Whatever you make of the prospects for recovery within the heavily battered dry bulk sector, one thing is for certain: dry bulk stocks are not what they used to be.
Bulkers have employed an array of strategies to cope with the challenging business conditions that still confront the sector, but from among those strategies a peculiar theme has emerged. Increasingly, former pure-play operators are delving into diverse segments of the merchant vessel market. DryShips
With a price tag of more than $450 million, this is no small testing of the tankering waters by the Navios group. By contrast, Diana Shipping's $50 million investment in containerships remains characteristically conservative. Like Diana, Navios is keen to time the bottom of this woeful business cycle with opportunistic purchases. Navios Chairman and CEO Angeliki Frangou touted the purchase as a timely bargain:
[... O]ur review of the industry led us to believe that Navios Acquisition is purchasing the fleet toward the low end of the cycle in a recovering and growing industry. [ ...] Navios Holdings ownership interest has a value well in excess of its aggregate cost.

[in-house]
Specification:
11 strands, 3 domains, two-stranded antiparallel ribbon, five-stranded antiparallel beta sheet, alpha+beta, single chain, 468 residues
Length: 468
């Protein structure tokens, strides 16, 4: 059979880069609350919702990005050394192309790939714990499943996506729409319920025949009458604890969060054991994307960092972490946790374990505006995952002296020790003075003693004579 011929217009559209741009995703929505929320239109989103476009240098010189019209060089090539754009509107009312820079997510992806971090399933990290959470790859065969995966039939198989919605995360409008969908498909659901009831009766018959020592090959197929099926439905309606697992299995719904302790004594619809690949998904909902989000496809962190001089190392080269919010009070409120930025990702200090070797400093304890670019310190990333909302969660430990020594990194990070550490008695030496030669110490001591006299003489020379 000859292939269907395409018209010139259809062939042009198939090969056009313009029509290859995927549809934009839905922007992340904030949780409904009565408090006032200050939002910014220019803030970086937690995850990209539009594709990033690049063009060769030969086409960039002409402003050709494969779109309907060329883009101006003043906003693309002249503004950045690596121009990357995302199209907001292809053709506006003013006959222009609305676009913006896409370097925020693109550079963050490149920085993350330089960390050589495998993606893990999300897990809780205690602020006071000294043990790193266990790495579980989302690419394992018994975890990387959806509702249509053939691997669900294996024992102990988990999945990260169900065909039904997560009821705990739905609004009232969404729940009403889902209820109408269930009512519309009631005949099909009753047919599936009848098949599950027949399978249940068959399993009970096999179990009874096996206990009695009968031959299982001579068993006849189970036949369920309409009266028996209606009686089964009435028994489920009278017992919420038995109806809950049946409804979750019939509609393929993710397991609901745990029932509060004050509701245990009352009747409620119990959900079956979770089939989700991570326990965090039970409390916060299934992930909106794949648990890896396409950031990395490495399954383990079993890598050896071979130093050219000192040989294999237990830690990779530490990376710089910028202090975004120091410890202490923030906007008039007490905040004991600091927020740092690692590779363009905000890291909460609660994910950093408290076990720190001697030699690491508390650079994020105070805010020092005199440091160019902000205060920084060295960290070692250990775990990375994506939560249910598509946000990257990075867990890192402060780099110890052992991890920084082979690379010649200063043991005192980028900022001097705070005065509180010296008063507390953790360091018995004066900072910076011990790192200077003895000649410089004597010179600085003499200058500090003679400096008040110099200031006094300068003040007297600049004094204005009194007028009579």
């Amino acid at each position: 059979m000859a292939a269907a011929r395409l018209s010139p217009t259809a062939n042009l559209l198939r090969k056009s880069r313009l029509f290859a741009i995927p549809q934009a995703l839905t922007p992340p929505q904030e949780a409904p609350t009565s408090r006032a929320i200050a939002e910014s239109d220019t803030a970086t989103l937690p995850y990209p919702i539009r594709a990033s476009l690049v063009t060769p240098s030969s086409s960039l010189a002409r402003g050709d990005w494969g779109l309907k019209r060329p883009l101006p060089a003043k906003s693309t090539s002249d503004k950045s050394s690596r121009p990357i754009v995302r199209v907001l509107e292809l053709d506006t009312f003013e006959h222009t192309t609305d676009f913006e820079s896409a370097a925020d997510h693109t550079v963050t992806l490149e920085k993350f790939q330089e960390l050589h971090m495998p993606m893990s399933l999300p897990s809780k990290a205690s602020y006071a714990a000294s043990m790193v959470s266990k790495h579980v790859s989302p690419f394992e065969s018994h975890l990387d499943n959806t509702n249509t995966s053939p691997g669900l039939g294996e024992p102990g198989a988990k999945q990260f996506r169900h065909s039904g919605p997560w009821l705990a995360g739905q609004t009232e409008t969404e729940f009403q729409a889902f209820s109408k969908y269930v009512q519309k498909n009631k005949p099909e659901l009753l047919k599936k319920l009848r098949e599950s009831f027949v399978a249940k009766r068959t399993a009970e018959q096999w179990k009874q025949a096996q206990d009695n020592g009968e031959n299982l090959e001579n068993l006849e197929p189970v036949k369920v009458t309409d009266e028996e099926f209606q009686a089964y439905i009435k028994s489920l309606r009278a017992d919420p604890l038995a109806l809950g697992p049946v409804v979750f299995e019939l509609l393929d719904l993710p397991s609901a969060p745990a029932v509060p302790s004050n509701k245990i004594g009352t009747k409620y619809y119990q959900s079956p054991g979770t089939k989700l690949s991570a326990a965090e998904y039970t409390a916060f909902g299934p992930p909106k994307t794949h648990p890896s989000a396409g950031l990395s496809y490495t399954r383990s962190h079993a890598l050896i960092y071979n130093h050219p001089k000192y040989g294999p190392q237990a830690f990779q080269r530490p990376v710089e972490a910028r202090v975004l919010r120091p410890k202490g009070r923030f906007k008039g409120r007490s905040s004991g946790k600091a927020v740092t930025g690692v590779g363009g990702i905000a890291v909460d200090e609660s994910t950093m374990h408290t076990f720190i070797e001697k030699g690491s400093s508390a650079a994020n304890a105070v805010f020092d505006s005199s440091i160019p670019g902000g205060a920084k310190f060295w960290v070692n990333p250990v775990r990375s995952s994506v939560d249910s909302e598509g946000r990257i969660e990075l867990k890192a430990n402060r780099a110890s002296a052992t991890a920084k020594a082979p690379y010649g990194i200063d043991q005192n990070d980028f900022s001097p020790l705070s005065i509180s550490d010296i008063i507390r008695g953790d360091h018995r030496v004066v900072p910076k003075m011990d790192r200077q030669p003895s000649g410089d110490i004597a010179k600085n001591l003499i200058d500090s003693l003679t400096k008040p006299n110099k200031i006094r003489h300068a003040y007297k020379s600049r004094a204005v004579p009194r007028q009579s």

Speaking of timely bargains, Navios Maritime Holdings is looking like one to this Fool. The company crushed analyst estimates this week with first quarter earnings of $31.3 million, and Navios converted its counter-cyclical growth spurt into a 5% increase in revenue ... even as my top pick Diana Shipping managed only to keep revenue flat with prior-year levels. Although aided by a $24.4 million pre-tax gain on the sale of three dry bulk carriers to Navios Maritime Partners
Whether it's in Diana's miserly order for two ultra-massive ore carriers, or Genco Shipping and Trading's
Fool contributor Christopher Barker has sailed through the Bermuda Triangle, but he's never encountered a sight as scary as DryShips. He can be found blogging actively and acting Foolishly in the CAPS community under the user name TMFSinchiruna. He tweets, and he owns shares of Diana Shipping. The Motley Fool's disclosure policy can hold its breath underwater while a cargo ship passes overhead.